Words: Robyn Anthony | Images: Judy de Vega

Redhouse, a quaint little village that’s the epitome of tranquillity, lies at the edge of the Swartkops River, about 15 minutes’ drive from Port Elizabeth. Life here is all about the river, the estuary and the adjacent saltpans. It’s a bird lovers’ paradise and one of the best places in the country for sightings of the less common estuarine waders and terns.

The dense succulent thicket vegetation to the north is protected by the Zwartkops Valley and Aloe nature reserves. Some of the birds which can be spotted in the reserves include flamingos, African black oystercatchers, sand plovers, sandpipers and little terns.

According to resident Frank Collier, nothing matches the lifestyle you can have in Redhouse. “My home is on the river. It is an absolute pleasure to wake up to the view,” he says. “I have lived in Redhouse most of my life, and my family first arrived here four generations ago. I run my business from home and I am the chairman of the Zwartkops Conservancy, an NGO of 50 years’ standing that fights to protect the Swartkops River and its surrounding nature reserves.”


Most properties are half-acre plots although some are subdivided. The houses vary from a few remaining wood and iron constructions – these are very old and so protected by the Heritage Act – to brick houses built in the 1930s and modernised, and then a few more modern buildings. “Mine is 27 years old, which is quite modern by village standards,” says Frank. Redhouse has always been very different to a normal suburb; it’s small and relatively self-contained. “It is a magic place for children and dogs, and for people interested in rowing and sailing. To live here is to be involved in your community,” he adds.

According to Frank, houses in Redhouse seldom change hands and prices are “ridiculously low” when compared to other places in the world with a 100m-wide tidal river flowing past the houses.

“We are actually contemplating a project whereby we target people we think would be an asset to the village, like people who would appreciate the traditions and way of life developed over the past 150 years,” says Frank.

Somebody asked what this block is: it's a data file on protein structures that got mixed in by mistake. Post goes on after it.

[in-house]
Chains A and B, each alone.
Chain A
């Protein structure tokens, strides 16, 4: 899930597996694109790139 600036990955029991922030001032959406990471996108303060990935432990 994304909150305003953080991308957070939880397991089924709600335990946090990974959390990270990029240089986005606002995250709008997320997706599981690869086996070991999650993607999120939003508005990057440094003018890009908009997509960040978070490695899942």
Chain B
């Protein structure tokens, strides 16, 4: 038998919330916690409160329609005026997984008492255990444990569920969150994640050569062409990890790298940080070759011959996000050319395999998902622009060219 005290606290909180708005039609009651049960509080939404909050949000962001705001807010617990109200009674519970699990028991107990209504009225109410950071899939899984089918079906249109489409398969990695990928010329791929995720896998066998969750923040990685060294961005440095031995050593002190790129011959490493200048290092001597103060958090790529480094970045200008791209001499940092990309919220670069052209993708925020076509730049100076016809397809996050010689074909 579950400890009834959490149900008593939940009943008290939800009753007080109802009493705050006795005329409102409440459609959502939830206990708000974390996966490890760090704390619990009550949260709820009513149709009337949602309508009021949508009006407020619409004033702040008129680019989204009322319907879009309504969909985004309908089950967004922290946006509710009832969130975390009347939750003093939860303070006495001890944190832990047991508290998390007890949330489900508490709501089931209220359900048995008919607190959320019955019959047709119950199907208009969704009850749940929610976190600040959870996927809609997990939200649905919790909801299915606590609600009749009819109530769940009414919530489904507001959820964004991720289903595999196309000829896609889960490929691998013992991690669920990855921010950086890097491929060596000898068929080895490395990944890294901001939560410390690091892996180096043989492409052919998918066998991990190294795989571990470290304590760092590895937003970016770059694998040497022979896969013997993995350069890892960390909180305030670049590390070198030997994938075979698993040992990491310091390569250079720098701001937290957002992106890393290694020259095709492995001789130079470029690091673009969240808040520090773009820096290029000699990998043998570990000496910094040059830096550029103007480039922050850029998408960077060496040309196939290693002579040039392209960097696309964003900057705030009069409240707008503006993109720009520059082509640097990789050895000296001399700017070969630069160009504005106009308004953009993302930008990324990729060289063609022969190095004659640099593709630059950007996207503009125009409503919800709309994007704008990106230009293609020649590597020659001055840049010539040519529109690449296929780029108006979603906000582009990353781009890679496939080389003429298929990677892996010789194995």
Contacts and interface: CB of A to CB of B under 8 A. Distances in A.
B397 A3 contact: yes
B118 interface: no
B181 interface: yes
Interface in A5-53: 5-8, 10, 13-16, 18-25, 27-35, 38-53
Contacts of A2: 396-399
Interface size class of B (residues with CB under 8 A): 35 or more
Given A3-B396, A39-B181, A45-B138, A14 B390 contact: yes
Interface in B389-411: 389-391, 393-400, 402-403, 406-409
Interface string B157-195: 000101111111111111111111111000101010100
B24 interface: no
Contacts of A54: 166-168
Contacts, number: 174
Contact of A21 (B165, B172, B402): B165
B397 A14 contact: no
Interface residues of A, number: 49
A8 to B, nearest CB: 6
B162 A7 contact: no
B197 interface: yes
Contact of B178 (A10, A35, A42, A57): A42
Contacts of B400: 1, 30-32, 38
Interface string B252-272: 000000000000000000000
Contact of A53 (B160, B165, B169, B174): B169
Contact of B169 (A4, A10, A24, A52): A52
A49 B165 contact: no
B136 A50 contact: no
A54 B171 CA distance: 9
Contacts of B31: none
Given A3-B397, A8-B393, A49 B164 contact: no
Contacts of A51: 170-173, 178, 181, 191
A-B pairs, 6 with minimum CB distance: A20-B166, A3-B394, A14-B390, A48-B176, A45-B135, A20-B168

“The Zwartkops Conservancy is negotiating with the Nelson Mandela Bay Municipality to ‘co-manage’ the Swartkops Valley and the river with the ultimate goal to achieve international Ramsar Wetland status. This will lead to international tourism and urban renewal in Redhouse, thus turning a downward spiral upwards,” he explains.


There’s only one primary school in the area, namely Redhouse Primary School, which Frank says is of good quality. About 400 children are bussed in from Motherwell to attend the school every day.

Most parents living in Redhouse, however, send their children to schools in town. “My kids went to the Grey junior and high schools. We used our flat in town as a changing room for them to save the travel in and out of town,” he says.


Although swimming is not encouraged as pollution levels are currently being monitored, sailing and rowing on the river are the most popular pastimes Redhouse offers. The constant call of birds, water skiing and river cruises also provide entertainment. One would only need the odd trip to a supermarket for supplies or hiking and mountain biking in the Aloe or Zwartkops Valley reserves, to complete the picture of serenity, according to Frank.

Nearby Amsterdamhoek, with its quaint historic houses right on the Swartkops River estuary, is a wonderful place to catch a magnificent sunset, drink in hand.

According to Frank, Redhouse is quiet during the week but gets busy over weekends, particularly in summer, when many activities are based around the river. “There is a pretty active social life centred on the Zwartkops Rowing Club, founded in 1873.”

The nicest beach near Redhouse is Bluewater Bay, which is always popular with the residents.

“Redhouse really is a unique place – people come back time and again to revisit their idyllic childhood. It appeals to people who understand that type of lifestyle.”
Frank Collier, resident


There aren’t many places to eat in Redhouse village itself, but the Zwartkops Rowing Club has a coffee shop which can provide meals on demand. Given Redhouse’s location, many residents will just drive into Port Elizabeth if they are looking to eat out.


There is a good variety of things to do in Redhouse, much of it based around the river like yachting, rowing and fishing. There is also snooker on offer, a garden club and local societies mainly aimed at women, such as the monthly Kik Club. The church in Redhouse is another base for activities.


According to Frank, there are no shops allowed in the village but plenty of shopping can be done in Despatch, which is just 10 minutes’ drive away. Despatch has retail and speciality stores for whatever residents and visitors may need.